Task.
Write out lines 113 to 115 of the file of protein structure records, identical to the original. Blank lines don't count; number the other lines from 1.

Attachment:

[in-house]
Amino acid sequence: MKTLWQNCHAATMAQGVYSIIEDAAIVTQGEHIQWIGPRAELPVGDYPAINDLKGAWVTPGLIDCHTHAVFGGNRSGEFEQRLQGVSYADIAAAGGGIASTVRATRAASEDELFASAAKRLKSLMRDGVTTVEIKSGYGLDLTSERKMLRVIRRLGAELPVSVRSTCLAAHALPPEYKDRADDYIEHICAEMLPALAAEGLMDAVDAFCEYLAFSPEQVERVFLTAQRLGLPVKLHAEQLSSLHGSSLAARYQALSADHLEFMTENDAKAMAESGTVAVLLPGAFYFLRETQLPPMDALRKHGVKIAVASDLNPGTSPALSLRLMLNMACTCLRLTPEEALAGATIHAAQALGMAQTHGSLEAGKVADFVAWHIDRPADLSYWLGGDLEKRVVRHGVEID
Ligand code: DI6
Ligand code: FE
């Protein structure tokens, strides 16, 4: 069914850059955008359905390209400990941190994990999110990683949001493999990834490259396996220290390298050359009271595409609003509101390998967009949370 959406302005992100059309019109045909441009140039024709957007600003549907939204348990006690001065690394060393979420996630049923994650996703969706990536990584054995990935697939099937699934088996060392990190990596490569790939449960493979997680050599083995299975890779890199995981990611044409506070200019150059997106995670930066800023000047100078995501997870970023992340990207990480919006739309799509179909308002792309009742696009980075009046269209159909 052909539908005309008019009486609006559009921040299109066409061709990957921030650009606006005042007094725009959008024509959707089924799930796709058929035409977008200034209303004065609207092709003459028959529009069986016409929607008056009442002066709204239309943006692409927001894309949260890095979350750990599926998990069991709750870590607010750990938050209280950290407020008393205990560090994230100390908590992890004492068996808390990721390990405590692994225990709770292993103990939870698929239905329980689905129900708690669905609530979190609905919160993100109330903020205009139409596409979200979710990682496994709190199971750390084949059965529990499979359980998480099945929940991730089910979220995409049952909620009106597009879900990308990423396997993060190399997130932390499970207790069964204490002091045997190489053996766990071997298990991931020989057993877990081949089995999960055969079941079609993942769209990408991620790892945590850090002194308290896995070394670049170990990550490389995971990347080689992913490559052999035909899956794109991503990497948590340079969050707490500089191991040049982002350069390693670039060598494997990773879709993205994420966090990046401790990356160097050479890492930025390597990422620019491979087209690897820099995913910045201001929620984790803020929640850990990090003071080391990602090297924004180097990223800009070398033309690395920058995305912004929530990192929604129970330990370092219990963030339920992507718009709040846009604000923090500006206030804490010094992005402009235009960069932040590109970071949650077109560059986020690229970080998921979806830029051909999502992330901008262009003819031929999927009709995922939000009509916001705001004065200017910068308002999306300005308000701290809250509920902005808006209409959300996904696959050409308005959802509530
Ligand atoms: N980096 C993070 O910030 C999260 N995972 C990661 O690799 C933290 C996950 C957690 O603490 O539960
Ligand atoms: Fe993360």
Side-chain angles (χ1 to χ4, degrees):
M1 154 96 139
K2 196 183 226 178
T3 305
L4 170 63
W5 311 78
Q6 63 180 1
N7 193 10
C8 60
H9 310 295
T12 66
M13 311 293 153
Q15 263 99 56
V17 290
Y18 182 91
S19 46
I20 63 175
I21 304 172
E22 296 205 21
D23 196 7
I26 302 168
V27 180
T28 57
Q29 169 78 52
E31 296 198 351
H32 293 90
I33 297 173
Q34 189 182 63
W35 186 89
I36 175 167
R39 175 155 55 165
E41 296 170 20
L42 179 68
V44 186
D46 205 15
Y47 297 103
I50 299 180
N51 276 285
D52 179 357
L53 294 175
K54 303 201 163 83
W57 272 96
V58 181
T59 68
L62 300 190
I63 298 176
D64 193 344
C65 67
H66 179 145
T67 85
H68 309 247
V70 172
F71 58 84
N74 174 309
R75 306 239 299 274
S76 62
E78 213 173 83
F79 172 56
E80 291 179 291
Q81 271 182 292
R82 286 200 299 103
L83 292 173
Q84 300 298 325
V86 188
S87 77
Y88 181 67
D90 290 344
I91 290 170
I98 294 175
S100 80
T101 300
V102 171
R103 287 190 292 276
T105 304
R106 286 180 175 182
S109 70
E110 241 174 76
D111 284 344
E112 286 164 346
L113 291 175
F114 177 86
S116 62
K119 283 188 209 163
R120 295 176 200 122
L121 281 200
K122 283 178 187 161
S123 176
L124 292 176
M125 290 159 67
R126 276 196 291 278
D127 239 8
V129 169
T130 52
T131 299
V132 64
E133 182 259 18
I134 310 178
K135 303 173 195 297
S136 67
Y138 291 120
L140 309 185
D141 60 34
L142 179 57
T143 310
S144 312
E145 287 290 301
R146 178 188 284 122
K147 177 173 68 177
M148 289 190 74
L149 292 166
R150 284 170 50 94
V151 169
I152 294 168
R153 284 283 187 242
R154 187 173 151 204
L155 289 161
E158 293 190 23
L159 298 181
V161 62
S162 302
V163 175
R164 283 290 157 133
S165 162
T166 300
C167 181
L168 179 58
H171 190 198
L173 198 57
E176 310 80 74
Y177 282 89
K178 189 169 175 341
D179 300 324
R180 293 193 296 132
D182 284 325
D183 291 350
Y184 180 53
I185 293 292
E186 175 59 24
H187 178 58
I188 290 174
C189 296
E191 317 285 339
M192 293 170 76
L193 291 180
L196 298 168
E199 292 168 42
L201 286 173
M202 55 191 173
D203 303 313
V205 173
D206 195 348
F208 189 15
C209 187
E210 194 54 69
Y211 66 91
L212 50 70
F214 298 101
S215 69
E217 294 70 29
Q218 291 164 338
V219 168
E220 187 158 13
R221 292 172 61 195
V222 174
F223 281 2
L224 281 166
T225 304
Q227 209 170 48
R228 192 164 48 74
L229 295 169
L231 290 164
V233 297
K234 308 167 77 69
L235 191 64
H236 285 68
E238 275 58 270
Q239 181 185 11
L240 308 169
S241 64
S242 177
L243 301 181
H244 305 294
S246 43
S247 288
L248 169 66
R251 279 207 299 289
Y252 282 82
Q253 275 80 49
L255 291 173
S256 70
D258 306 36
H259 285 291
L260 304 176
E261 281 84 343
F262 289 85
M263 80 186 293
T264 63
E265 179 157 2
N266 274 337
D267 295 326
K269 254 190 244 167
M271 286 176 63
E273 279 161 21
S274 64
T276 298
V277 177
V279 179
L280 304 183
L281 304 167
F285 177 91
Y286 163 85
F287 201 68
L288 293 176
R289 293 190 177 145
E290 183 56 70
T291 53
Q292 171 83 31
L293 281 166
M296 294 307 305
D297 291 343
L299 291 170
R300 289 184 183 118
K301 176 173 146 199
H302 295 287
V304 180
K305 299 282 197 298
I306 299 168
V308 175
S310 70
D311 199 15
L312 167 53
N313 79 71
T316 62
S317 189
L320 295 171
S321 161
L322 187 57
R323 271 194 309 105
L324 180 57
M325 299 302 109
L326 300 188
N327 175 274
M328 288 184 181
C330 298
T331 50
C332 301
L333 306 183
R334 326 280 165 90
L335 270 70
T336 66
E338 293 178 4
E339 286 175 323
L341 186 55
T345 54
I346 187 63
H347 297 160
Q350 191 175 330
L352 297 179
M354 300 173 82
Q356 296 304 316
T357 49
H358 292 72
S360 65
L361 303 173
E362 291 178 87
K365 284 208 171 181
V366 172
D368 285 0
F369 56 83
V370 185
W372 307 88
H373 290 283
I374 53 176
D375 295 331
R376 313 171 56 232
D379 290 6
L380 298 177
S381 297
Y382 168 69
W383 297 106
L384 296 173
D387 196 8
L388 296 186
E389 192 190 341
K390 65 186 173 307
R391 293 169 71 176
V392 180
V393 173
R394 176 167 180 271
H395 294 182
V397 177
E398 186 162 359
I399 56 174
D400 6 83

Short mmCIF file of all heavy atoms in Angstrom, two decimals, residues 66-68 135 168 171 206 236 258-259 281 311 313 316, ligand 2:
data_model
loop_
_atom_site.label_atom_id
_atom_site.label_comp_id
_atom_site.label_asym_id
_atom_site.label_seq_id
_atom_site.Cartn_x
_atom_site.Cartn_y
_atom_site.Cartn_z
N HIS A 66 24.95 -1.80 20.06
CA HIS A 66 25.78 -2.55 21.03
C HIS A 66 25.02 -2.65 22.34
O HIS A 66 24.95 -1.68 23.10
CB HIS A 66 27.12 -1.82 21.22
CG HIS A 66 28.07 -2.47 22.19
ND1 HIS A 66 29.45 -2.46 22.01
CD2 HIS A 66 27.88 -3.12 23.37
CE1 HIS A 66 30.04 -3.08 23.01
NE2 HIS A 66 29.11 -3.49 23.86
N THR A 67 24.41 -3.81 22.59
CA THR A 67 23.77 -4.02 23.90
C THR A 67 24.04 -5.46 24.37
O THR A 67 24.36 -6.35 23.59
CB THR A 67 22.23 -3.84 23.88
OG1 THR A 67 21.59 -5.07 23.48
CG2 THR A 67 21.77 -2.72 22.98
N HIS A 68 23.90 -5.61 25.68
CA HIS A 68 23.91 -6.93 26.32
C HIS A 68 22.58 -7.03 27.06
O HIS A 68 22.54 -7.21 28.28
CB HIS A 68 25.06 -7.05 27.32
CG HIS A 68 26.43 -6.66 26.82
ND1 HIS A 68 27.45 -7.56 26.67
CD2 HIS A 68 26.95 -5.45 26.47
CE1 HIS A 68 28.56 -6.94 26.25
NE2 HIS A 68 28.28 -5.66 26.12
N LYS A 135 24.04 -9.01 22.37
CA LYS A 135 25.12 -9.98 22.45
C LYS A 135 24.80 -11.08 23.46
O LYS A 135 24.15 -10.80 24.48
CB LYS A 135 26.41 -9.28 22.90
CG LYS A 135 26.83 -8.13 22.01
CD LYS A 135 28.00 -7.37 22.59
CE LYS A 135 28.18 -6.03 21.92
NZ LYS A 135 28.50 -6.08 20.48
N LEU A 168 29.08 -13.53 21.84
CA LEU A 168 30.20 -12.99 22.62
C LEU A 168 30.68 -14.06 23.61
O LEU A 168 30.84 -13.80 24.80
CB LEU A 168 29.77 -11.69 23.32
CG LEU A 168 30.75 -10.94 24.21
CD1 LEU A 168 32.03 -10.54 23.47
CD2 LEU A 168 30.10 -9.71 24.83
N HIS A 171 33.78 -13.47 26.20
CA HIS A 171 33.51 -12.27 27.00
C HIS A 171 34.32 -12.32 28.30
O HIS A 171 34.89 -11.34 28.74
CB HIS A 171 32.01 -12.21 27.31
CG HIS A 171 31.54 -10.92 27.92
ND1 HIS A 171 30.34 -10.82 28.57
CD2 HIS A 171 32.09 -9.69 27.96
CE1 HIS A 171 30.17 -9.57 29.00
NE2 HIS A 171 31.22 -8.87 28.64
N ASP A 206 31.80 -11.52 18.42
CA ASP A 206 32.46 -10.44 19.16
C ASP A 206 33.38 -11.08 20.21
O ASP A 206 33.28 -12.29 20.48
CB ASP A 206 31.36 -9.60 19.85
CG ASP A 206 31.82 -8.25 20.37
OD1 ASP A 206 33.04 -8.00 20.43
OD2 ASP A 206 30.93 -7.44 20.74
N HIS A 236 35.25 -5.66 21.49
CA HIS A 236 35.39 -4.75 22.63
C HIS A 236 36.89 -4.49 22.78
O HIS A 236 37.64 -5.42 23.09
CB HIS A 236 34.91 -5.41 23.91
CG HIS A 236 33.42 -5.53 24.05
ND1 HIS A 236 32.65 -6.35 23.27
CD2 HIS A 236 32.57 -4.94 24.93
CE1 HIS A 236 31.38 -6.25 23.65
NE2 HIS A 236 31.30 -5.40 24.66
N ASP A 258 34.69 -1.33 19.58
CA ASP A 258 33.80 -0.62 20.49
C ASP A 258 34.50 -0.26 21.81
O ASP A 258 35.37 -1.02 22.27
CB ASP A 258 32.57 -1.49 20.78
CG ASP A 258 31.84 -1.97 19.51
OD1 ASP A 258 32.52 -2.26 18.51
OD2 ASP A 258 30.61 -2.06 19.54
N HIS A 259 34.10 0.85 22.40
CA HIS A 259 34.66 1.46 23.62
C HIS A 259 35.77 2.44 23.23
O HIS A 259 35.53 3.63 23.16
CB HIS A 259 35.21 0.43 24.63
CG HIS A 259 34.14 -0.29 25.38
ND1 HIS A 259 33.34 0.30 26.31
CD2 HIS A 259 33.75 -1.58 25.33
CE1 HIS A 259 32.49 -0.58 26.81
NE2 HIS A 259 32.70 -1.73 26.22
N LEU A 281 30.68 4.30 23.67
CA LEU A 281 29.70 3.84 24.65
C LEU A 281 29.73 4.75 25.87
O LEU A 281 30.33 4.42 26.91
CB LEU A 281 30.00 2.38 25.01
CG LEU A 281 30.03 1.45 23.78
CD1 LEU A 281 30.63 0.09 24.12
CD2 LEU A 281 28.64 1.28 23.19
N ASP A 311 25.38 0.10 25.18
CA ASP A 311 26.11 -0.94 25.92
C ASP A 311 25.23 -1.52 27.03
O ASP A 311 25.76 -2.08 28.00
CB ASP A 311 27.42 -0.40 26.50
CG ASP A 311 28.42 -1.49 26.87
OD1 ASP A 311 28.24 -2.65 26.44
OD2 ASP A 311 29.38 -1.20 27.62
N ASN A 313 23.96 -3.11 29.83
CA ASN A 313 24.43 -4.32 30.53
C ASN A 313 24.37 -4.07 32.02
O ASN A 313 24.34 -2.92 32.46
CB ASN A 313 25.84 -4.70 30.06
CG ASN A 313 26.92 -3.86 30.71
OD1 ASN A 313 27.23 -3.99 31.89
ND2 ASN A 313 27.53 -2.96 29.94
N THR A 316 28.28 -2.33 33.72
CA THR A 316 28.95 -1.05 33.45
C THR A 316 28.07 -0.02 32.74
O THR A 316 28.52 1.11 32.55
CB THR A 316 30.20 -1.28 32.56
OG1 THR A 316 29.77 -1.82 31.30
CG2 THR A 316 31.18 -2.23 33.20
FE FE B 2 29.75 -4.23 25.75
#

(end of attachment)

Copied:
E145 287 290 301
R146 178 188 284 122
K147 177 173 68 177